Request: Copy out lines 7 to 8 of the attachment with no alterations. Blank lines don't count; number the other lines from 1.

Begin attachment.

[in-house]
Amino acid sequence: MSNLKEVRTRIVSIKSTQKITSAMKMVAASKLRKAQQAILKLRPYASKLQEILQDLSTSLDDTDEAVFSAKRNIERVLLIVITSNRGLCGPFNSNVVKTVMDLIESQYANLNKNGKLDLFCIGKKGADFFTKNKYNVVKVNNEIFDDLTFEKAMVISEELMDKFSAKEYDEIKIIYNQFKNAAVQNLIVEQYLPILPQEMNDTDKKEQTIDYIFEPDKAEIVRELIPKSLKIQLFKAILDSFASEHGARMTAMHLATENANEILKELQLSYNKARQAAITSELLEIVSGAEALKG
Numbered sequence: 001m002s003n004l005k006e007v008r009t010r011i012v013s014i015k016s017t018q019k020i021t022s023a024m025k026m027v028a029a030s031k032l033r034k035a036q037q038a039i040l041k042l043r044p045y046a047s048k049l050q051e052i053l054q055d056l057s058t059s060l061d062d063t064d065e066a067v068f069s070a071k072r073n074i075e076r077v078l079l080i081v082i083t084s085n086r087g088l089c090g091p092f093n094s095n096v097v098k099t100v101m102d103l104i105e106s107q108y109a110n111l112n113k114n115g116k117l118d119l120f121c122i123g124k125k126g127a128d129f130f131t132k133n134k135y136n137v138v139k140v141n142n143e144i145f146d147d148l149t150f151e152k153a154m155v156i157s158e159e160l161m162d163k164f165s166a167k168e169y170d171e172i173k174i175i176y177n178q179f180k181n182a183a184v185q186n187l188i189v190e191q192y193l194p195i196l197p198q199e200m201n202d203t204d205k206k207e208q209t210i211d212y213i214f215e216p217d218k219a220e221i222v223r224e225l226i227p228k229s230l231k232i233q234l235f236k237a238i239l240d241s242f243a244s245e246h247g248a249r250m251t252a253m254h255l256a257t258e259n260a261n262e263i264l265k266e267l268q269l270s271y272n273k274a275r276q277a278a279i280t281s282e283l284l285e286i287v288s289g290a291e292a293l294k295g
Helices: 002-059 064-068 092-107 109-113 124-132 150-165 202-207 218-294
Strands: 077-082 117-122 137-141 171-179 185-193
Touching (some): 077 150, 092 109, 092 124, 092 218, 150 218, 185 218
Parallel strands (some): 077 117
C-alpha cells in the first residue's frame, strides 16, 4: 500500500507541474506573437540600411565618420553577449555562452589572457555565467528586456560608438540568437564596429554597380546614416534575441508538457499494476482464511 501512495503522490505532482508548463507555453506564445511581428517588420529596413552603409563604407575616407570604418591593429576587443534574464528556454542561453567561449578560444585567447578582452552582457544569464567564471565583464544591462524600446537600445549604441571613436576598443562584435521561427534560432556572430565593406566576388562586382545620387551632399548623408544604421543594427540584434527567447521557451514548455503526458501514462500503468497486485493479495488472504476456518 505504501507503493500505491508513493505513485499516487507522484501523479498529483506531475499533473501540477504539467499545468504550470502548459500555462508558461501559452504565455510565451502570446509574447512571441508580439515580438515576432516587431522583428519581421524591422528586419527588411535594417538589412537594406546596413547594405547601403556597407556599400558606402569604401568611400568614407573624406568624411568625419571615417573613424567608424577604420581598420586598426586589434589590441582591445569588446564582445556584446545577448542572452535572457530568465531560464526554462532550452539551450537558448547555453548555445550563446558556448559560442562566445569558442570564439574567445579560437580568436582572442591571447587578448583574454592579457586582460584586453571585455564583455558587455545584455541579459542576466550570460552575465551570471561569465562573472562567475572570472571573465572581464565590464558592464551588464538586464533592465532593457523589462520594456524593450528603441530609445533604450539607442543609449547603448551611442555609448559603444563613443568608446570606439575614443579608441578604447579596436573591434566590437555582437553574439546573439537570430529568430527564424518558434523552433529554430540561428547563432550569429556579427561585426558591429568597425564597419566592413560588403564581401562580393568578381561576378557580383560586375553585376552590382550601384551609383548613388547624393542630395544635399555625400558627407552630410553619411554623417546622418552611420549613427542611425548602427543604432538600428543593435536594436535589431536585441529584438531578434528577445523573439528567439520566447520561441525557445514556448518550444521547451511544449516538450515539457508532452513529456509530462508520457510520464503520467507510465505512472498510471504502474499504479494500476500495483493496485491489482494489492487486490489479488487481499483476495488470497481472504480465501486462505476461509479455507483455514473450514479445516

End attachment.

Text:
Parallel strands (some): 077 117
C-alpha cells in the first residue's frame, strides 16, 4: 500500500507541474506573437540600411565618420553577449555562452589572457555565467528586456560608438540568437564596429554597380546614416534575441508538457499494476482464511 501512495503522490505532482508548463507555453506564445511581428517588420529596413552603409563604407575616407570604418591593429576587443534574464528556454542561453567561449578560444585567447578582452552582457544569464567564471565583464544591462524600446537600445549604441571613436576598443562584435521561427534560432556572430565593406566576388562586382545620387551632399548623408544604421543594427540584434527567447521557451514548455503526458501514462500503468497486485493479495488472504476456518 505504501507503493500505491508513493505513485499516487507522484501523479498529483506531475499533473501540477504539467499545468504550470502548459500555462508558461501559452504565455510565451502570446509574447512571441508580439515580438515576432516587431522583428519581421524591422528586419527588411535594417538589412537594406546596413547594405547601403556597407556599400558606402569604401568611400568614407573624406568624411568625419571615417573613424567608424577604420581598420586598426586589434589590441582591445569588446564582445556584446545577448542572452535572457530568465531560464526554462532550452539551450537558448547555453548555445550563446558556448559560442562566445569558442570564439574567445579560437580568436582572442591571447587578448583574454592579457586582460584586453571585455564583455558587455545584455541579459542576466550570460552575465551570471561569465562573472562567475572570472571573465572581464565590464558592464551588464538586464533592465532593457523589462520594456524593450528603441530609445533604450539607442543609449547603448551611442555609448559603444563613443568608446570606439575614443579608441578604447579596436573591434566590437555582437553574439546573439537570430529568430527564424518558434523552433529554430540561428547563432550569429556579427561585426558591429568597425564597419566592413560588403564581401562580393568578381561576378557580383560586375553585376552590382550601384551609383548613388547624393542630395544635399555625400558627407552630410553619411554623417546622418552611420549613427542611425548602427543604432538600428543593435536594436535589431536585441529584438531578434528577445523573439528567439520566447520561441525557445514556448518550444521547451511544449516538450515539457508532452513529456509530462508520457510520464503520467507510465505512472498510471504502474499504479494500476500495483493496485491489482494489492487486490489479488487481499483476495488470497481472504480465501486462505476461509479455507483455514473450514479445516